Despite opening just four days earlier, the Bark Park, a new doggy day care and boarding business, had almost a dozen four-legged friends to take care of on the Monday after the Fourth of July.
“A lot of people own dogs in Billings, and all of them need a place to put their pets when they can’t go with on a trip,” said owner Rusty Ontiveros. “There is a high demand for sitters and places like us.”
The Bark Park is capitalizing on the growing number of people who added a pet during the pandemic. Now, with loosening restrictions for traveling and socializing, the demand for dog sitters and trainers is climbing.
Nationally, the number of households with dogs has grown 36% since 2009 to 49 million households at the end of 2020, making up 39% of the total number of pet-owning households in the country, according to consumer research from Packaged Facts.
The number of dogs in places like the Yellowstone Valley Animal Shelter dropped in 2020 as more people sought a new pet, and those who may have given up a pet for lack of time had more time than ever in their homes, according to the shelter’s executive director Triniti Chavez.
“Unfortunately, now we are back on average from before the pandemic,” Chavez said.
Miranda Morehead, a dog trainer and owner of Intelligent K-9, said the demand for her service was growing even before the pandemic. Her company of five trainers can take in 20 to 50 dogs a week, but still new clients must wait four to six months to get their dog in.
“The number of people looking for training has gone through the roof," Morehead said. "I couldn't even tell you our delay now. Our community could definitely use more dog trainers.”
Her training program is between six to eight months, depending on the emotional condition of the dog. Morehead, who said she is a certified trainer, explained that the mental state of a dog develops in the first 16 weeks of its life.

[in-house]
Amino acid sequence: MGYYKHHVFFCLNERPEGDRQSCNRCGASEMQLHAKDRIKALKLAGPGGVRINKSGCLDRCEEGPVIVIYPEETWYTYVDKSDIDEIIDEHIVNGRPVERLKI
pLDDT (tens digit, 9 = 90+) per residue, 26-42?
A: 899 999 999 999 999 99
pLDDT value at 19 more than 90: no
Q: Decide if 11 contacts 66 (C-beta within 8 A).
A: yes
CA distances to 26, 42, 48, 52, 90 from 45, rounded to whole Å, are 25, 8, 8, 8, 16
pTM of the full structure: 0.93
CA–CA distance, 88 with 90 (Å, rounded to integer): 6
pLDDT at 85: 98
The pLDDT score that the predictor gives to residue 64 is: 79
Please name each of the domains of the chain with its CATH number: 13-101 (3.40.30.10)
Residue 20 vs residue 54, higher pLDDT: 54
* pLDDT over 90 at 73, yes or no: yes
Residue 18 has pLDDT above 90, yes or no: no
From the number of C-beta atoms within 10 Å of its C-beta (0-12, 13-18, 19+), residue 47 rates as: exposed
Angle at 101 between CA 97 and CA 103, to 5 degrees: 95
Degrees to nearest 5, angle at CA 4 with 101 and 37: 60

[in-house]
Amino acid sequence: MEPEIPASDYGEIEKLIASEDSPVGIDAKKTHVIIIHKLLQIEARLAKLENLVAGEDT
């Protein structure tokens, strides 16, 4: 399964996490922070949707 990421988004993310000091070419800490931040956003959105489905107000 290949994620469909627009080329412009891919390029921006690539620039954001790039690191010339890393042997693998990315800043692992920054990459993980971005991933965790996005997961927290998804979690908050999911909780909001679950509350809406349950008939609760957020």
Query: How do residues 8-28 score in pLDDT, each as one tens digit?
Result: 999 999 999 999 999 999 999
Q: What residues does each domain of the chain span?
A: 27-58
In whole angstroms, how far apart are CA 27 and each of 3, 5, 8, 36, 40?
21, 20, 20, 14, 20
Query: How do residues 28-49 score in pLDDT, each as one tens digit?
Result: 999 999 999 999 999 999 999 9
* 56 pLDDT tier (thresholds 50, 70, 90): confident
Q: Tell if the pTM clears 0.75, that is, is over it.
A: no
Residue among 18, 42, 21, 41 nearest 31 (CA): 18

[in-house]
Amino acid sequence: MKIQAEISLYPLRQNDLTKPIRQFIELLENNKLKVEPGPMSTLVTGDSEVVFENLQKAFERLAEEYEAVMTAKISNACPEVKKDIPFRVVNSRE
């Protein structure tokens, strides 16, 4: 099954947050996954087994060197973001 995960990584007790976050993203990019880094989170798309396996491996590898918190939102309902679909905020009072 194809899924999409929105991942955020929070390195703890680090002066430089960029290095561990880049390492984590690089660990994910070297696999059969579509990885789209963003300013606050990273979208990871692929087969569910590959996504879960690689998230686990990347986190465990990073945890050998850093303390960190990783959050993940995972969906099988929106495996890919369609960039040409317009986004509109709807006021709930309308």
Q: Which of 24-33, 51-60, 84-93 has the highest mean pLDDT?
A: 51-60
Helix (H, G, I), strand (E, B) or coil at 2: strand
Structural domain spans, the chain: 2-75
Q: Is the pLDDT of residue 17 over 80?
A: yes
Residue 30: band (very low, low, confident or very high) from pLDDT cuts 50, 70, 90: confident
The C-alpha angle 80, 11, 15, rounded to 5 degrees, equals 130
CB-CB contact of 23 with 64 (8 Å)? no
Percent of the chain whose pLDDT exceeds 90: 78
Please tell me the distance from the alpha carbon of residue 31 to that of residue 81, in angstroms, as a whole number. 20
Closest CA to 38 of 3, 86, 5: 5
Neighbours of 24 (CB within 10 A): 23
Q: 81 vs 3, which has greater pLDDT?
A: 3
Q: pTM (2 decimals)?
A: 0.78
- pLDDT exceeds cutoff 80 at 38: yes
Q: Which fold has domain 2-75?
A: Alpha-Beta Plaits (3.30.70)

What she noticed about the pandemic is that many pets had not socialized outside of a small number of people, and restrictions ending put these dogs in stressful social situations.
“What people get wrong is they think a dog socializes through touch,” Morehead said. “They actually learn through experiencing public spaces and seeing other things happen.”
She recommended training dogs as soon as possible, even puppies. Her business, alongside a few others, send clients back and forth to find the best fit. The Yellowstone Valley shelter has free day programs to learn the basics of training from home.
Morehead also said commercial dog parks can be a good place to let dogs socialize while their owners work. The Bark Park is one of at least four operating day care or boarding businesses in Billings.
Ontiveros said he first got into the pet care industry five years ago at another pet day care in town. He left to finish his degree, and afterward started work as the program coordinator for BPS Indian Education.
He knew, however, he wanted his own place where he can interact with dogs everyday.
“Since I worked there for so long I learned the best ways to see how they behaved and what they needed,” Ontiveros said.
For the last two years he planned out his dream, a 10,000-square-foot facility. Though there were setbacks due to the pandemic, he managed to build out two indoor play pens, an outdoor space and 11 boarding pens for the dogs. And more is to come.
A grooming station and a second boarding room are in the works. If they lease the business space next door there could be a trainer, too. Many families that knew him from the old boarding business started scheduling drop-offs for their pets.
To get into a pet day care or boarding, a dog must be able to get along with other dogs. Ontiveros does a temperament evaluation to make sure the pet can safely interact with the other dogs.
“We did a ton of work setting this up, but on day one I knew it was worth it,” Ontiveros said. "I love working with dogs"